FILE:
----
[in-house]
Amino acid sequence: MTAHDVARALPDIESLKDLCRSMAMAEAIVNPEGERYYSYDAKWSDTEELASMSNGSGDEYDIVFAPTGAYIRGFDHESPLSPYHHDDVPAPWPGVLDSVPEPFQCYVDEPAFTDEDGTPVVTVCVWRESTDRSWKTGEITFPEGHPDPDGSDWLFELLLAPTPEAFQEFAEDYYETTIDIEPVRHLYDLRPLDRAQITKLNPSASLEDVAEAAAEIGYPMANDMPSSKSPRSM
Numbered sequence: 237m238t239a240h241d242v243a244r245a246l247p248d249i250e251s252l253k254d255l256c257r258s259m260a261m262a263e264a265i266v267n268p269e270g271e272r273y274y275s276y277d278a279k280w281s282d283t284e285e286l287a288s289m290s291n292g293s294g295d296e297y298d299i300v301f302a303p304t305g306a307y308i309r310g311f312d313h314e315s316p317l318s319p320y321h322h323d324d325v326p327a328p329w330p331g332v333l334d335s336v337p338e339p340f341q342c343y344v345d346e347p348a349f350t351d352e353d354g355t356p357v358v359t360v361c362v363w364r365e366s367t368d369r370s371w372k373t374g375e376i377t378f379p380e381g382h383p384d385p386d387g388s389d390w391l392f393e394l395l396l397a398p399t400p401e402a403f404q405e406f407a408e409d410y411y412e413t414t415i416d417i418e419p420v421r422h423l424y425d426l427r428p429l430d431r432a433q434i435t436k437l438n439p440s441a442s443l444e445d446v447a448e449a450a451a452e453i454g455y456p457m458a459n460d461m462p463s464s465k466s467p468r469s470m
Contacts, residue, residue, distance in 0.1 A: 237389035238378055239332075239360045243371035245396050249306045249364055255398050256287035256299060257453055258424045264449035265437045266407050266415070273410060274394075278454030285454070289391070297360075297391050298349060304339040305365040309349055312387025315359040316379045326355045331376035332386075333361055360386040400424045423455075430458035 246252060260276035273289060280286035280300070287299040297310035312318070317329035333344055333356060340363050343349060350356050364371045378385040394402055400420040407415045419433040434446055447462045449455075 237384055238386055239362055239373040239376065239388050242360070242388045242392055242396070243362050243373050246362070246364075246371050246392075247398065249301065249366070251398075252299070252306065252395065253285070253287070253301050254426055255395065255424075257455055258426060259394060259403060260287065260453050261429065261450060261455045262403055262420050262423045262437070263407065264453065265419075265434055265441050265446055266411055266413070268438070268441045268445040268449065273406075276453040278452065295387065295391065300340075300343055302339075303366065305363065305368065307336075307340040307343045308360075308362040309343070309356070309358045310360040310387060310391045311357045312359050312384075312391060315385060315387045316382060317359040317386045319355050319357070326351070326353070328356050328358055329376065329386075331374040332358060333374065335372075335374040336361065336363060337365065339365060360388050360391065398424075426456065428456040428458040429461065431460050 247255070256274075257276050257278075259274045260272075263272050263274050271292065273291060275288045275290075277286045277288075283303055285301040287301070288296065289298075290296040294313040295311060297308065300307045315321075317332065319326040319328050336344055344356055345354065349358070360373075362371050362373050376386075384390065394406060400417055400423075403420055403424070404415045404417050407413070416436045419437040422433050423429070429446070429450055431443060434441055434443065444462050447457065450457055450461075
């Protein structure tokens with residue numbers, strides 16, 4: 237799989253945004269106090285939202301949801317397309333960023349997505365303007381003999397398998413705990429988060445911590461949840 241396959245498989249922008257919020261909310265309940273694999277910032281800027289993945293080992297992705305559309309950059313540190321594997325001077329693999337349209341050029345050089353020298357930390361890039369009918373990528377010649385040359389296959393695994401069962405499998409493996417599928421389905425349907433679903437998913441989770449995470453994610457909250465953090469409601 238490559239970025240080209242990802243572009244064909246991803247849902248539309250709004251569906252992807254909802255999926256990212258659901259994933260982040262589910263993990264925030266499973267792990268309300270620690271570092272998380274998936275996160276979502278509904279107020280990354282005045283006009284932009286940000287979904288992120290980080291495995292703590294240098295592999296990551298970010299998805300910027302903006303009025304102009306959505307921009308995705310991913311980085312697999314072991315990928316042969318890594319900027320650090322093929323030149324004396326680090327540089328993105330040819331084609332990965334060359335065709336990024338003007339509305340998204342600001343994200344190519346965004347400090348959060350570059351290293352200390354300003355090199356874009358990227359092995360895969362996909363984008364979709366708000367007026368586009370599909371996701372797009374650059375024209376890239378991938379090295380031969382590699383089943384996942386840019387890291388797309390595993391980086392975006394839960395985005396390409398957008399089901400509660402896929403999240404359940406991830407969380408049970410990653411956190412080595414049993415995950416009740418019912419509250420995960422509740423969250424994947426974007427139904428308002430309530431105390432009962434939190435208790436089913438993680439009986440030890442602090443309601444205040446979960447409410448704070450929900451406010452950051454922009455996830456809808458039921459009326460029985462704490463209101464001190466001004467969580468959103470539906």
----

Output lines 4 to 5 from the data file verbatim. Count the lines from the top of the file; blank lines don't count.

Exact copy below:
Contacts, residue, residue, distance in 0.1 A: 237389035238378055239332075239360045243371035245396050249306045249364055255398050256287035256299060257453055258424045264449035265437045266407050266415070273410060274394075278454030285454070289391070297360075297391050298349060304339040305365040309349055312387025315359040316379045326355045331376035332386075333361055360386040400424045423455075430458035 246252060260276035273289060280286035280300070287299040297310035312318070317329035333344055333356060340363050343349060350356050364371045378385040394402055400420040407415045419433040434446055447462045449455075 237384055238386055239362055239373040239376065239388050242360070242388045242392055242396070243362050243373050246362070246364075246371050246392075247398065249301065249366070251398075252299070252306065252395065253285070253287070253301050254426055255395065255424075257455055258426060259394060259403060260287065260453050261429065261450060261455045262403055262420050262423045262437070263407065264453065265419075265434055265441050265446055266411055266413070268438070268441045268445040268449065273406075276453040278452065295387065295391065300340075300343055302339075303366065305363065305368065307336075307340040307343045308360075308362040309343070309356070309358045310360040310387060310391045311357045312359050312384075312391060315385060315387045316382060317359040317386045319355050319357070326351070326353070328356050328358055329376065329386075331374040332358060333374065335372075335374040336361065336363060337365065339365060360388050360391065398424075426456065428456040428458040429461065431460050 247255070256274075257276050257278075259274045260272075263272050263274050271292065273291060275288045275290075277286045277288075283303055285301040287301070288296065289298075290296040294313040295311060297308065300307045315321075317332065319326040319328050336344055344356055345354065349358070360373075362371050362373050376386075384390065394406060400417055400423075403420055403424070404415045404417050407413070416436045419437040422433050423429070429446070429450055431443060434441055434443065444462050447457065450457055450461075
């Protein structure tokens with residue numbers, strides 16, 4: 237799989253945004269106090285939202301949801317397309333960023349997505365303007381003999397398998413705990429988060445911590461949840 241396959245498989249922008257919020261909310265309940273694999277910032281800027289993945293080992297992705305559309309950059313540190321594997325001077329693999337349209341050029345050089353020298357930390361890039369009918373990528377010649385040359389296959393695994401069962405499998409493996417599928421389905425349907433679903437998913441989770449995470453994610457909250465953090469409601 238490559239970025240080209242990802243572009244064909246991803247849902248539309250709004251569906252992807254909802255999926256990212258659901259994933260982040262589910263993990264925030266499973267792990268309300270620690271570092272998380274998936275996160276979502278509904279107020280990354282005045283006009284932009286940000287979904288992120290980080291495995292703590294240098295592999296990551298970010299998805300910027302903006303009025304102009306959505307921009308995705310991913311980085312697999314072991315990928316042969318890594319900027320650090322093929323030149324004396326680090327540089328993105330040819331084609332990965334060359335065709336990024338003007339509305340998204342600001343994200344190519346965004347400090348959060350570059351290293352200390354300003355090199356874009358990227359092995360895969362996909363984008364979709366708000367007026368586009370599909371996701372797009374650059375024209376890239378991938379090295380031969382590699383089943384996942386840019387890291388797309390595993391980086392975006394839960395985005396390409398957008399089901400509660402896929403999240404359940406991830407969380408049970410990653411956190412080595414049993415995950416009740418019912419509250420995960422509740423969250424994947426974007427139904428308002430309530431105390432009962434939190435208790436089913438993680439009986440030890442602090443309601444205040446979960447409410448704070450929900451406010452950051454922009455996830456809808458039921459009326460029985462704490463209101464001190466001004467969580468959103470539906």